“The opt-out feature is a critical piece because it is what creates the bulk purchase,” Gava said. “Because everyone who’s eligible would be automatically included, that’s what creates the value that allows most people to stay in the program. Right now, in Bethlehem, you’re all also in an opt-out program already. If you want something other than National Grid, you have to opt out. The town must be comfortable with the opt-out option to continue exploring the program.”
Town Supervisor David VanLuven similarly brought up how the state established National Grid as people’s default electricity supplier but people can opt out of that and switch to another if they choose. “With a CCA, rather than having the state of NY determine who our automatic electricity supplier is, municipalities will do it,” VanLuven wrote in an email to Spotlight News. “This is home rule. This is local control. Better, the CCA will make it extremely easy for people to opt out, unlike the system we have today.”
If Bethlehem chooses to enroll in the program, Gava said besides the mailbox letters, MEGA intends to work with the town to hold educational public sessions so residents can learn more and ask questions; post information on MEGA’s and the town’s websites; share on social media platforms; use circulating print and e-newsletters, and more — all to reach out to as many residents as possible.
The opt-out feature may conjure up questions and concerns though, especially about how there are certainly residents who do not actively look through their mailbox or newsletters or go on the internet or social media. This could mean that some residents may not even know about the CCA program and they would be automatically enrolled in it without realizing.
Town Board member Joyce Becker, who has been involved in Senior Services and Senior Projects for many years, said she looks forward to getting the pricing and supplier options from MEGA so that the town can be better informed on how and whether to move forward or not.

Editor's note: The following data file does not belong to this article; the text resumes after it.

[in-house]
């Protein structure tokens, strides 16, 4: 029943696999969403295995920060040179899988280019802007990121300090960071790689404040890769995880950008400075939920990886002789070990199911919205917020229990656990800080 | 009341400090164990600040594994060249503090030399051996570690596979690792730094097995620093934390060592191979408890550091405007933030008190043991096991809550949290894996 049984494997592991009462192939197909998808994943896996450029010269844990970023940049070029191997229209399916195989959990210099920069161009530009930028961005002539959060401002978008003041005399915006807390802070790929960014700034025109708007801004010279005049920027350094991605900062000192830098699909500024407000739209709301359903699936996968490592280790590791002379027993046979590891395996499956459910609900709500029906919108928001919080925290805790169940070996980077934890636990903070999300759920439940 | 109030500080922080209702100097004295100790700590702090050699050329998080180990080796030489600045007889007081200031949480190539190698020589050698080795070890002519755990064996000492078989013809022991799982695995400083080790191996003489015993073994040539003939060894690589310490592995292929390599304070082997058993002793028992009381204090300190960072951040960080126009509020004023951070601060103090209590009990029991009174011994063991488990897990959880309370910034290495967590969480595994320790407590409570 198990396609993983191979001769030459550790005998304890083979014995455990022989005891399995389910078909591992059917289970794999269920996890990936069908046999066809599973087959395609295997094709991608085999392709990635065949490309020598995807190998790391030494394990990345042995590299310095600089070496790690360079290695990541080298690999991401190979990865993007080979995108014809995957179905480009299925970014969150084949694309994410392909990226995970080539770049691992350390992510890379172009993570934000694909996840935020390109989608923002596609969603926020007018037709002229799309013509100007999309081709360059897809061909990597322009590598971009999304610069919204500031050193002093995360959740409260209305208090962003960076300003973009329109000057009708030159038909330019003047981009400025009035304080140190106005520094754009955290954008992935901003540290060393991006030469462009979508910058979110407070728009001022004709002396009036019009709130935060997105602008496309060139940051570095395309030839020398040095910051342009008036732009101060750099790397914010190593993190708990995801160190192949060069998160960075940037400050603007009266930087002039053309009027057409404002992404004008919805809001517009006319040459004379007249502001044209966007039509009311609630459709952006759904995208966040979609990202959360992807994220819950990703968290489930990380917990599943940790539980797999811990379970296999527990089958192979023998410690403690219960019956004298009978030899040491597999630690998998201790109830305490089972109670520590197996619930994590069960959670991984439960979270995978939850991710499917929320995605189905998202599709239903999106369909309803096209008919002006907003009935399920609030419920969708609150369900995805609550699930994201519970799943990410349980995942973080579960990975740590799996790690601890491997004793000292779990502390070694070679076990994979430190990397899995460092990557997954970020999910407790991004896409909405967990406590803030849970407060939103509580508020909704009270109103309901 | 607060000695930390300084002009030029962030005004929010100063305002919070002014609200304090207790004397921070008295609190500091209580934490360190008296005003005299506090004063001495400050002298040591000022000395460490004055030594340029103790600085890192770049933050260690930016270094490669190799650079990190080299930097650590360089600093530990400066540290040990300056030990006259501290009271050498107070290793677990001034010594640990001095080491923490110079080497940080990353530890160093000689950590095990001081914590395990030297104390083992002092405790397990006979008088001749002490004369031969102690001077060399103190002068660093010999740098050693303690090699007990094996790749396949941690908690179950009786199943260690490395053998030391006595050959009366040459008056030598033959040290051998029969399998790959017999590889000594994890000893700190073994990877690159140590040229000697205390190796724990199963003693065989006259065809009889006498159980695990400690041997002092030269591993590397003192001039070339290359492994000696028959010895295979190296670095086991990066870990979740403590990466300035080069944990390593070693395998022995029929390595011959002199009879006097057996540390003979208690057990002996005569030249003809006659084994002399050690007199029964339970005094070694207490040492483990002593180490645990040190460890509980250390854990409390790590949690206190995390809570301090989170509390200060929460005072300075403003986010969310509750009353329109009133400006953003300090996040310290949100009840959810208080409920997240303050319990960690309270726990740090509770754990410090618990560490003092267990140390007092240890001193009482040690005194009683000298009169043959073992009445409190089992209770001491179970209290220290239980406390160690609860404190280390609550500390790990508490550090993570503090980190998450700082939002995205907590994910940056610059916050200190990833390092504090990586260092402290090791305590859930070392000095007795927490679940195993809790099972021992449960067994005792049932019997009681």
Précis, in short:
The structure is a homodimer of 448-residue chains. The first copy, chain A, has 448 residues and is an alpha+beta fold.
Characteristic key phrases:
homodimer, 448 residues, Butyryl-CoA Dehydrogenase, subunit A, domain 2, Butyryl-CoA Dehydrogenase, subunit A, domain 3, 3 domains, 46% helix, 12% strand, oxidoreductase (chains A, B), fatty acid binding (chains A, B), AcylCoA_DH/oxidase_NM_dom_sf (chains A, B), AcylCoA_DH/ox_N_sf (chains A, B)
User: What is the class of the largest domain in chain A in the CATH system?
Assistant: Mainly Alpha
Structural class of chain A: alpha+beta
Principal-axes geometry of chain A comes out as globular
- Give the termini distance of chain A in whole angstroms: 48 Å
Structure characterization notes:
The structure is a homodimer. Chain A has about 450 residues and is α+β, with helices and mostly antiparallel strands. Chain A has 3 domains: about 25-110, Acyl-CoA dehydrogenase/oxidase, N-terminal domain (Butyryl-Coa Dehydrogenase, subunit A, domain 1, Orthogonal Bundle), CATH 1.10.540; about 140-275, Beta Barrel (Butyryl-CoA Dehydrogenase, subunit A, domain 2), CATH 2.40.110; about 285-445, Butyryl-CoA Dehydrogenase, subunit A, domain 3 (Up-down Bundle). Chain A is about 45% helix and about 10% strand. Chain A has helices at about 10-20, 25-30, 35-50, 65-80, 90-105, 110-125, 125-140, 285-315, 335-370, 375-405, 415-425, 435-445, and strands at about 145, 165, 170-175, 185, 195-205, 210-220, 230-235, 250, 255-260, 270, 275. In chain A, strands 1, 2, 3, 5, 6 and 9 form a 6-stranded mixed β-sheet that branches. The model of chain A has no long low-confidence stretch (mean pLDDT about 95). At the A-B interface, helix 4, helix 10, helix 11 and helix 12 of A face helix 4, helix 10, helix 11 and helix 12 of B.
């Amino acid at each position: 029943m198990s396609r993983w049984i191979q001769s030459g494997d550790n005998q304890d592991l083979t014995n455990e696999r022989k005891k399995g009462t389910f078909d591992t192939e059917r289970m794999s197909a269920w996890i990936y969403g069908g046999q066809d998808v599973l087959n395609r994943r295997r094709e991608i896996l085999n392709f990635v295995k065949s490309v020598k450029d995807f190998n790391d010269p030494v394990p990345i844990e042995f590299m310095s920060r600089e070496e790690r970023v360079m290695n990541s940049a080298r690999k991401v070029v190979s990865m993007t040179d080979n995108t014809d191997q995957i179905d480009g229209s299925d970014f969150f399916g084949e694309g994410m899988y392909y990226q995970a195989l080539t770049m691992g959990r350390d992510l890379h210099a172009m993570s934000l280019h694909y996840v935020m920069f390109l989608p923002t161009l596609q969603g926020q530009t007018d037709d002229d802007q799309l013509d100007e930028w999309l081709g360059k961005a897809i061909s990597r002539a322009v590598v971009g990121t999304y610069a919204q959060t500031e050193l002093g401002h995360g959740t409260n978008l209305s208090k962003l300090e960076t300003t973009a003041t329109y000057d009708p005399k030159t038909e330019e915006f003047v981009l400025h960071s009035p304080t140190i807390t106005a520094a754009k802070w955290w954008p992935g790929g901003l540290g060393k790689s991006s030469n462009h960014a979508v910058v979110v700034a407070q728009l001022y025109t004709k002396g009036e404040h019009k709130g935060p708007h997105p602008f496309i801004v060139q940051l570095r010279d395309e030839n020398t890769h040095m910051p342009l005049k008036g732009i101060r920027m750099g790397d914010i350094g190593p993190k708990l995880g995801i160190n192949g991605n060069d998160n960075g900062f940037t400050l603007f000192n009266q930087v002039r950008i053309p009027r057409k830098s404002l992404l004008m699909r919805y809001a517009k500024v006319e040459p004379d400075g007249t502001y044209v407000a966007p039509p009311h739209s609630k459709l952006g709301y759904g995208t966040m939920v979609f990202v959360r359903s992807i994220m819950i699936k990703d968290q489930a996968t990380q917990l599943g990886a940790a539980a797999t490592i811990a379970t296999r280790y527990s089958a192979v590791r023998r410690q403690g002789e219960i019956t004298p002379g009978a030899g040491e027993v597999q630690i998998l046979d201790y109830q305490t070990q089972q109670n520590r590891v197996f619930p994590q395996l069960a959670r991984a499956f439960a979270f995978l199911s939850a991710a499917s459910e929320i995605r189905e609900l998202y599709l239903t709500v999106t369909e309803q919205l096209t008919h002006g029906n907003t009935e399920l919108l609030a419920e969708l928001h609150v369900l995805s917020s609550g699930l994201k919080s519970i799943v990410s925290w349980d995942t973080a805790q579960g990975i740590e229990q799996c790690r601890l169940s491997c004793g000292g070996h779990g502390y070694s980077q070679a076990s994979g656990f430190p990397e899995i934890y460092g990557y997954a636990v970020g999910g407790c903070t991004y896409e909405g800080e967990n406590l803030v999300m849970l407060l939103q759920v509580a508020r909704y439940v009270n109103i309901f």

Regarding spreading information, she noted that some seniors are computer-savvy while others are not. “It’s important that we should use all avenues as we can. For seniors, I think the best way is to let senior residents call the town to get in contact with Senior Services if they have any questions about the program,” she said. “I find it’s possible that when people have questions, the town can dedicate one of its phone line extensions to answer questions about it. Like leaving your name and number and a person will answer. This phone line extension could be for a certain time, maybe a month or so.”
Becker brought up other potential ways to inform residents:
Encouraging seniors to take computer literacy classes at the public library
Using e-newsletters from Senior Services, the library and the town
Reading the newspapers
Sharing information over Facebook, likely the most widely-used social media platform for older residents
Posting flyers across town, like at Town Hall, churches and community centers
VanLuven similarly said, “We will really try to reach everybody but if someone shifts and decides in a month or year or so that they don’t want to be in the program anymore, MEGA makes it super easy to switch.”
He continued, “We’re going to communicate with every avenue to get the information out, like mail, e-newsletters, newspapers, displays around town and more.”
Town Board member Jim Foster said he wants to see a “robust education program” about the CCA program if it ultimately comes to pass. Regarding spreading information, he said, “There’s no silver bullet to answer the communication issue. Invariably, there are folks we can’t reach but we can knock on every door and send follow-up letters. We can attempt to do our best and try as many vehicles and media types to inform folks as possible.”
He also said he appreciated that residents have the option to opt out of the program if they don’t agree with the pricing or supplier, giving them options and not forcing them into anything.
For more information, visit megacca.org.